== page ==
IT IS TIME FOR EVERYONE, AND NOT JUST THE MEDICAL PROFESSION, TO GET OFF THEIR BEHINDS AND DEMAND SOMETHING BE DONE. As far as insurance reform, find out what you are talking about. Obviously you don't have a clue about insurance reform. It has more to do with providing equal care for everyone then paying Drs.As far as staff standing around and watching this woman die, I think it would be good to actually "watch" the video and find out what kind of staff they were. Everyone that wears a uniform in a hospital is not always a doctor or a nurse.....Yes, I agree that it is horrible that this happened. But waiting in ER for 45 min. is not unusual at all. Emergency rooms are often over crowded and ER staff work as fast as they can to get to them. Lots of people use ER's as their Dr. and take kids and family members for conditions that could and should be treated in a Drs. office. They do not have insurance so they DO bring them to the ER because and ER CAN NOT refuse to see them. This travesty is our fault not just the medical and insurance profession. I don't have the answers and I think we've got to take a hard look at the problem and make it fair and equitable to everyone. Do you like to work 12 hours? Do you want to make more money? Sure, that's human nature. Why is it that we blame hospitals, doctors, nurses and the insurance system?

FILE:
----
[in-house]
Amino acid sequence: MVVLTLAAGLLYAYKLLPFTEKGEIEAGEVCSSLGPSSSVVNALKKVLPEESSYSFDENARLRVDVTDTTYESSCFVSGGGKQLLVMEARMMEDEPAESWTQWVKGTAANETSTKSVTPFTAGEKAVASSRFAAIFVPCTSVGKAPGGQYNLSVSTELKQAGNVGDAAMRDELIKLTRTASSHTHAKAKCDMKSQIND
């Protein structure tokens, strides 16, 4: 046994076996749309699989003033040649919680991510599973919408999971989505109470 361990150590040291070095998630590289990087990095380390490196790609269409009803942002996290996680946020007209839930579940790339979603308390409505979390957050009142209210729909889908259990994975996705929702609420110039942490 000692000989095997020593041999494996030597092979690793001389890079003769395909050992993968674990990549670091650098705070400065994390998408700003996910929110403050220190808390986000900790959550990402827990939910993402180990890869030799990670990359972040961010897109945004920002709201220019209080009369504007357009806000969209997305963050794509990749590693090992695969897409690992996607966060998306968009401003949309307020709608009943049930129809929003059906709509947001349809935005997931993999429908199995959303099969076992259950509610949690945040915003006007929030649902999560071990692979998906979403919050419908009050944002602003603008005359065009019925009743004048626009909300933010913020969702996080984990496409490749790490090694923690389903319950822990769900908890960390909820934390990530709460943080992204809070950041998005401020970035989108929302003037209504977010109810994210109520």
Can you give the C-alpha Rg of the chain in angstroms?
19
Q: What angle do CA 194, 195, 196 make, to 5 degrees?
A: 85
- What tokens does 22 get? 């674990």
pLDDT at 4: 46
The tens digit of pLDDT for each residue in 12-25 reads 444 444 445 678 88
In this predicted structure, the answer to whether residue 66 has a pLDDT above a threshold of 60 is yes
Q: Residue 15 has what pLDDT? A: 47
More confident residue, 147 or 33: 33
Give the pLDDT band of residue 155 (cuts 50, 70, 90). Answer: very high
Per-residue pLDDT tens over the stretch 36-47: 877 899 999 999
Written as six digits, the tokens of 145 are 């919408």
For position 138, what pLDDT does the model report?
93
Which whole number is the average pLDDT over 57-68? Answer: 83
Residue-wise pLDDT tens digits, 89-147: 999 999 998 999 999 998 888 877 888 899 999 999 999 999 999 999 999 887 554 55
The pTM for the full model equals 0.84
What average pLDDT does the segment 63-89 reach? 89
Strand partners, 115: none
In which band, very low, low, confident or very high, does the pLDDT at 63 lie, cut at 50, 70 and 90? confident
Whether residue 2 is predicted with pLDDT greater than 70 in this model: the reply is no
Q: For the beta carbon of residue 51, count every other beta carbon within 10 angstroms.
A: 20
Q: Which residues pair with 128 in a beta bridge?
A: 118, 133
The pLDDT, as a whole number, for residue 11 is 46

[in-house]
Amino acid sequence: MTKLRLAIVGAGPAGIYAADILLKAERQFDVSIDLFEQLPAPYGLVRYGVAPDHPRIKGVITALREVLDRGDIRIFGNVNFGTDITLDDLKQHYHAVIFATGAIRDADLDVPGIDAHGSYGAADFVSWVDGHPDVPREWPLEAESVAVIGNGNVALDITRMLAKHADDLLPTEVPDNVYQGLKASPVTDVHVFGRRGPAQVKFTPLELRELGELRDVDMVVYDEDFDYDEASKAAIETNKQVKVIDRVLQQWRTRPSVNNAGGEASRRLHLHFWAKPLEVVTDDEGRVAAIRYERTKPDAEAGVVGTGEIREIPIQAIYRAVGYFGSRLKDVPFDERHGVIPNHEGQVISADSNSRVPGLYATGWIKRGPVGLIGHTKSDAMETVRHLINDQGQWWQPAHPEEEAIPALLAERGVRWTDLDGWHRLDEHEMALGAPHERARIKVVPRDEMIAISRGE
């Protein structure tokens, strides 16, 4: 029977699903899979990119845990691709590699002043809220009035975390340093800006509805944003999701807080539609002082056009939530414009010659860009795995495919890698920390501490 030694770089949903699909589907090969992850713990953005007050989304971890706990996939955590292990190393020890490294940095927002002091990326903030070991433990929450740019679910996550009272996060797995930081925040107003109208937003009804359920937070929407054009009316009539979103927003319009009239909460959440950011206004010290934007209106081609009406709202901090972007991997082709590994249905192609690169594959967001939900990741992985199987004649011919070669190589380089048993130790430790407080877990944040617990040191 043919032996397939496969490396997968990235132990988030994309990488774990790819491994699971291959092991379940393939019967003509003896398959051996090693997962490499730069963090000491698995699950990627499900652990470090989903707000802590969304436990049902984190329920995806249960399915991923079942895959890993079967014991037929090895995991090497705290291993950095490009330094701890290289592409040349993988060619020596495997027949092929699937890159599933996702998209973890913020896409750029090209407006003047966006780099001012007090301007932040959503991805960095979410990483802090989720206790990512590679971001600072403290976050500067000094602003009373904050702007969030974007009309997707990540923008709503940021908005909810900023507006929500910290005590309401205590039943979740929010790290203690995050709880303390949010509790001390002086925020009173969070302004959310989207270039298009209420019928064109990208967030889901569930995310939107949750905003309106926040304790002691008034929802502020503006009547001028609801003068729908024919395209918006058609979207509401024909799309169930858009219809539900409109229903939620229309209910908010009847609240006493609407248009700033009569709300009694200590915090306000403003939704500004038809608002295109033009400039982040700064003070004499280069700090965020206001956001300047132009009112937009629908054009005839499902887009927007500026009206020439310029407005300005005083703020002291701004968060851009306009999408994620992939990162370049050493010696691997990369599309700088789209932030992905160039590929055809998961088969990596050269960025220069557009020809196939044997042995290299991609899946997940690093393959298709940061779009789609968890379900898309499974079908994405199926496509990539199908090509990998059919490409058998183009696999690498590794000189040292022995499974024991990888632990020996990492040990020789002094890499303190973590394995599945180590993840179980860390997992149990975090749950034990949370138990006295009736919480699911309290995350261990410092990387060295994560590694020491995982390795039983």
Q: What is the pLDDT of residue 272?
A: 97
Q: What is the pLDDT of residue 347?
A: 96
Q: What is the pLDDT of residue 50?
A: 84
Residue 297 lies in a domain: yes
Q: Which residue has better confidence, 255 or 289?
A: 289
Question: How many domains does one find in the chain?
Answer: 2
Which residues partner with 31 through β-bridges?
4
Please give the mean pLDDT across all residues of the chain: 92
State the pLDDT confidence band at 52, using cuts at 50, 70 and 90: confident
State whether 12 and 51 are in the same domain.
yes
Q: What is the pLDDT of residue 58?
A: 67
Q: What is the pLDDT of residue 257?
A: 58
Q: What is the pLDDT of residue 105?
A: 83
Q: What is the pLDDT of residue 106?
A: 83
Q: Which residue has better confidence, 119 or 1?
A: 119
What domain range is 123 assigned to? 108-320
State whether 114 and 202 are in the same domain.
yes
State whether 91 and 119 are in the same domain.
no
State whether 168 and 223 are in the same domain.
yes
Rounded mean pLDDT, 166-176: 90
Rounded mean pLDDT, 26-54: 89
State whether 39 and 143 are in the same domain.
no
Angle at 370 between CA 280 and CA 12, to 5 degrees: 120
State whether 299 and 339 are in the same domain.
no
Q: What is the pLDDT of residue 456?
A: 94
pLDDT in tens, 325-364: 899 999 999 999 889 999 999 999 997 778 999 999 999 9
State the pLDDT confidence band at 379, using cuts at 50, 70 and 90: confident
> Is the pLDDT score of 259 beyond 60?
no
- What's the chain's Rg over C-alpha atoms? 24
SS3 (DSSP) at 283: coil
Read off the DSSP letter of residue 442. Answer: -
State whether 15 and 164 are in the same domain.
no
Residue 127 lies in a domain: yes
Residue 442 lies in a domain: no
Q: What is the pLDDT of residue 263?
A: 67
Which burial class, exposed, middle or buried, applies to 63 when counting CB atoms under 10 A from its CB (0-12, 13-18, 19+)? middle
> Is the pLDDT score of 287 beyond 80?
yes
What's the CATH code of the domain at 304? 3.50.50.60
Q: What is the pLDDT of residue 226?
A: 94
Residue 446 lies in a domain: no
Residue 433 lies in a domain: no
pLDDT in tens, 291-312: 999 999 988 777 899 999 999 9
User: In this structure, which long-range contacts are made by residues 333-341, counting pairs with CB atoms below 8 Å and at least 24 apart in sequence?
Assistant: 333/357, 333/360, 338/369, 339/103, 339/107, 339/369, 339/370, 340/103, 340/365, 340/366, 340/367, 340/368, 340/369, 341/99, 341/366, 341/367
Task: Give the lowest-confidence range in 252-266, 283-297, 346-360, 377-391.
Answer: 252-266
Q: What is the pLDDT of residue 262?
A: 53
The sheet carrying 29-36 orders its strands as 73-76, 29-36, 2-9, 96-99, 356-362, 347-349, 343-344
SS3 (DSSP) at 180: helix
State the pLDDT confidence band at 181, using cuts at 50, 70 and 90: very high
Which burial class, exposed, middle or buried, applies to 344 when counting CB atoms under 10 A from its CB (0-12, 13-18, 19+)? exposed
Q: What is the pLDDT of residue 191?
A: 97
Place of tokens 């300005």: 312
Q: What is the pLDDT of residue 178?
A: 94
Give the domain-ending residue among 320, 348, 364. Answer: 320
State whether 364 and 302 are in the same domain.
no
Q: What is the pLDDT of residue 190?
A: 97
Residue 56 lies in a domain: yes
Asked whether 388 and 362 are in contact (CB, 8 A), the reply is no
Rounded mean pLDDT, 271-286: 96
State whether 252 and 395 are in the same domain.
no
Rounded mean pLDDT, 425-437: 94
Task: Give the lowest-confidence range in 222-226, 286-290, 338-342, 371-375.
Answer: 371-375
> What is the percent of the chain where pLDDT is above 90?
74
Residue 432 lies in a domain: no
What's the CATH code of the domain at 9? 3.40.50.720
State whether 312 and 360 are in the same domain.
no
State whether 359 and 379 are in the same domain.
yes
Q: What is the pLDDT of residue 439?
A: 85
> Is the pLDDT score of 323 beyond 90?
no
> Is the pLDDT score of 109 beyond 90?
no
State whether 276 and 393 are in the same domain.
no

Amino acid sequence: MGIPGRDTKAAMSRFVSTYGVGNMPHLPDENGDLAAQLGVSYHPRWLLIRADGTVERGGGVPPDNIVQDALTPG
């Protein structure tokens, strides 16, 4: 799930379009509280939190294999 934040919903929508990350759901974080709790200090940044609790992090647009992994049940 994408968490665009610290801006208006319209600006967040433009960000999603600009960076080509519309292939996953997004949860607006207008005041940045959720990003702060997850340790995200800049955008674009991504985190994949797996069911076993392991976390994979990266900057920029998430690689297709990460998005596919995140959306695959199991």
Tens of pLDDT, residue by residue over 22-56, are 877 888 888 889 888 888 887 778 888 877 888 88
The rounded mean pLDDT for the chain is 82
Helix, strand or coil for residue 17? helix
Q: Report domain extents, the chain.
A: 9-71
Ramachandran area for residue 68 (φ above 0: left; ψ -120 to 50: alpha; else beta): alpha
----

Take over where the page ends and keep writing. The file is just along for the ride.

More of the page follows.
We need to do something about this other than blaming everyone else. Of course, that's just my opinion, I could be wrong!